As Director of Strategy and Innovation, Linda is responsible for developing long-term strategy and direction for the research and innovation team, providing high-level leadership, and anticipating, sensing, and monitoring trends in the broader parks, conservation, equity, and technology spaces. She works in partnership with our 25+ field offices, content experts, and policy and advocacy teams to develop growth initiatives that enable increased impact and leads the exploration and implementation of new parks and conservation data opportunities. Prior to this, Linda was a partner at a start-up that developed customized decision-support tools that quantify ecosystem services for clients such as The Nature Conservancy, The Dow Chemical Company, and Environmental Defense Fund. Linda has a BA in Environmental Economics from the University of Michigan, an MPhil in Development Studies and Social Transformation from the University of Cape Town, and an MBA from the University of Michigan.

Tara Buckner

Tara L. Buckner, M.P.A., AICP

Tara L. Buckner is the urban planner for the City of Atlanta Department of Parks and Recreation.  She is the project manager for the Activate ATL: Recreation and Parks for All Comprehensive Master Plan. Her experience in urban planning, economic development and management spans work in Detroit, Minneapolis, St. Louis and Atlanta.  Past accomplishments include serving as executive director of the St. Louis Empowerment Zone, chair of the St. Louis Sewer District Civil Service Commission, and president of the National Alumnae Association of Spelman College (NAASC). 

Tara is a member of the American Institute of Certified Planners (AICP) of the American Planning Association (APA), the National Parks and Recreation Association (NRPA), NAASC, the National Association of Parliamentarians (NAP), and Alpha Kappa Alpha Sorority, Incorporated. 

Tara has a Master of Public Administration from Wayne State University and a Bachelor of Arts from Spelman College. 

Sara Meerow

Dr. Sara Meerow

Dr. Sara Meerow is an assistant professor in the School of Geographical Sciences and Urban Planning at Arizona State University where she leads the Planning for Urban Resilience Lab. She is an interdisciplinary scholar working at the intersection of urban geography and planning to tackle the challenge of making cities more resilient in the face of climate change and other social and environmental hazards, while at the same time more sustainable and just. Her current projects focus on conceptualizations of urban resilience, planning for urban resilience in a changing climate, and green infrastructure planning in a range of cities in the U.S. and internationally. She has published over 30 articles in academic journals, in addition to several book chapters, reports, and popular press articles on these topics. She has a PhD in Natural Resources and Environment from the University of Michigan and an MS in International Development Studies from the University of Amsterdam.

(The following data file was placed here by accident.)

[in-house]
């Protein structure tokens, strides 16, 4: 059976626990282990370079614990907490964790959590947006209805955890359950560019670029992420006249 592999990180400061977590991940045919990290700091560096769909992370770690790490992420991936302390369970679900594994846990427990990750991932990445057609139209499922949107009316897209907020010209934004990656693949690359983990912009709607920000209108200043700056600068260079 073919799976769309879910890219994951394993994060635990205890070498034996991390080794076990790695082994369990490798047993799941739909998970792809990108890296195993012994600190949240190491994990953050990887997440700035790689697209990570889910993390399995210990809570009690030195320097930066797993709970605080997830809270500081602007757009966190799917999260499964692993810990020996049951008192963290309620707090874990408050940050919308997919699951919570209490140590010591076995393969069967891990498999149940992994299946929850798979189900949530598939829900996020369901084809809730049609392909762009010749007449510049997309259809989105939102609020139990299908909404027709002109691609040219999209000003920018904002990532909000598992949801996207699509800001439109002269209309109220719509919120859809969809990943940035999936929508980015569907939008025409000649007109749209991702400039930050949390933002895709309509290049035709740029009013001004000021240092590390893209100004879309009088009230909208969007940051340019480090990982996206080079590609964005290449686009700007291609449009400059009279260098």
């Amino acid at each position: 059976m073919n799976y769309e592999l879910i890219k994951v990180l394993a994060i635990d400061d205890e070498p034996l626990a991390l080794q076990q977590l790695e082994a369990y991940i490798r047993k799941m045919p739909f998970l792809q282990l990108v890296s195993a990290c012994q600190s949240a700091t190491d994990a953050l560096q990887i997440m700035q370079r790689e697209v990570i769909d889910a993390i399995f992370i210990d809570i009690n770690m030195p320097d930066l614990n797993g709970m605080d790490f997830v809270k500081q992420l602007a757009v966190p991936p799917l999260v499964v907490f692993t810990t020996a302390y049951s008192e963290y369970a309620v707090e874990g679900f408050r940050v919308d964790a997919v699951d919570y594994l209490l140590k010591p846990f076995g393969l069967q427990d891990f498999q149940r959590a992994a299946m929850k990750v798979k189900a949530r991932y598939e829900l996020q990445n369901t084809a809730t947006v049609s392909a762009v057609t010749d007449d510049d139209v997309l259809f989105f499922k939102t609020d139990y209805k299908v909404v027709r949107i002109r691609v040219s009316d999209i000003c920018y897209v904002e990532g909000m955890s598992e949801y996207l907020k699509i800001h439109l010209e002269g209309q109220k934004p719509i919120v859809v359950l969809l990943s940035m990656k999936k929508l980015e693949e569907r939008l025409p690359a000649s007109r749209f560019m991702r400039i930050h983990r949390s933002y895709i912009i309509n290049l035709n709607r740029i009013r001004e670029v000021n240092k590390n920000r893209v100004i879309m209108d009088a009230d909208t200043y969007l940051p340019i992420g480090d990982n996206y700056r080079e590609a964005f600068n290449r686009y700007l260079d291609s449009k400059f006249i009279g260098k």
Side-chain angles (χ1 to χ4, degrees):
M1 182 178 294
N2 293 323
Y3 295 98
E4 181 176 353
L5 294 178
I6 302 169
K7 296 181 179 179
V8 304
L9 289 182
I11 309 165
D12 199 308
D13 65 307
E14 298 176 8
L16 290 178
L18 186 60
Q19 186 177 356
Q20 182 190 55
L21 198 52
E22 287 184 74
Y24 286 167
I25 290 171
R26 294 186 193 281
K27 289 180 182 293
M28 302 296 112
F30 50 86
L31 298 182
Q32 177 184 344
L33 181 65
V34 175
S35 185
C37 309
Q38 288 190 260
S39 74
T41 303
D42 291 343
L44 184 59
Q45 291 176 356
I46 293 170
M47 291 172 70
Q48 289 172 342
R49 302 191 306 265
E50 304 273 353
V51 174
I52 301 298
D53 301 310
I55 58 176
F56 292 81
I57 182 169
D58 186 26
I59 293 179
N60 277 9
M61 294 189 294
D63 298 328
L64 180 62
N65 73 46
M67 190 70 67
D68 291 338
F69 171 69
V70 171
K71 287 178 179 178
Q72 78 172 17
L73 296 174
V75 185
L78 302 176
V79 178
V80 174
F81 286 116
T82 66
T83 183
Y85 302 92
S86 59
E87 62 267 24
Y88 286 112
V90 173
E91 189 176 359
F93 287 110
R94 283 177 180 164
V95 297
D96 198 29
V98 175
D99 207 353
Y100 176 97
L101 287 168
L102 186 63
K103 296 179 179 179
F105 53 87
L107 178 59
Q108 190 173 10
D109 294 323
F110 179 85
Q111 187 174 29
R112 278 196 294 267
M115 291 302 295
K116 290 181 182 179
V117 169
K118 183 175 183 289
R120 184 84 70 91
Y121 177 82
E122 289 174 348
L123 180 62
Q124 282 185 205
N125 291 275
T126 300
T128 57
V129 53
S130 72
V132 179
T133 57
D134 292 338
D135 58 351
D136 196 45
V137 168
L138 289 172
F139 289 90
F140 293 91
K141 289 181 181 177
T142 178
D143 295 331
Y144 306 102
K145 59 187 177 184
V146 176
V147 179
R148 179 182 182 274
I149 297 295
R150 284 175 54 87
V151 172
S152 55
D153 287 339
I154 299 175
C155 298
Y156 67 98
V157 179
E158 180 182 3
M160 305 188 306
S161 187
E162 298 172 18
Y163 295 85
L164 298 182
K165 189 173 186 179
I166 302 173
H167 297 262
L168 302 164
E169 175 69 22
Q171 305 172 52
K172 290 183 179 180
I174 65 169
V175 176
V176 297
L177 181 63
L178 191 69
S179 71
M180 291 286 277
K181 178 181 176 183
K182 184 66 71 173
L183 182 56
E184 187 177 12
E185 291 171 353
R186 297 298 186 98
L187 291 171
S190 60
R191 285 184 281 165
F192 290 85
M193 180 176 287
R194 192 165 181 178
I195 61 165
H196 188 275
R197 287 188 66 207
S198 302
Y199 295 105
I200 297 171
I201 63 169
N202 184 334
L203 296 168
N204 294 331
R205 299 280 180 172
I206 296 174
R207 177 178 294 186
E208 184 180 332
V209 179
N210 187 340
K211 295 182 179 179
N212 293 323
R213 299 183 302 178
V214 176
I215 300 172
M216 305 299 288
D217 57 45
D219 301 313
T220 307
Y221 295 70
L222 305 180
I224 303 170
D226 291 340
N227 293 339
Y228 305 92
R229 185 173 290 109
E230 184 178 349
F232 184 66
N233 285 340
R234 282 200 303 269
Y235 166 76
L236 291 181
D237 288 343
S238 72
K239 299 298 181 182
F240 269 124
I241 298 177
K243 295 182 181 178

Park Bench Chat #14

Park Bench Chat: All in for Outdoors

Our most recent virtual Park Bench Chat, “All in for Outdoors,” was a celebration of the benefits and joys we can all gain from spending time in nature—and we mean all.  Thank you for joining us this Earth Day, Friday, April 22, at noon (PDT) / 3:00 p.m. (EDT) for what was a lively and entertaining conversation about good times in nature and what inclusiveness in outdoor spaces really means.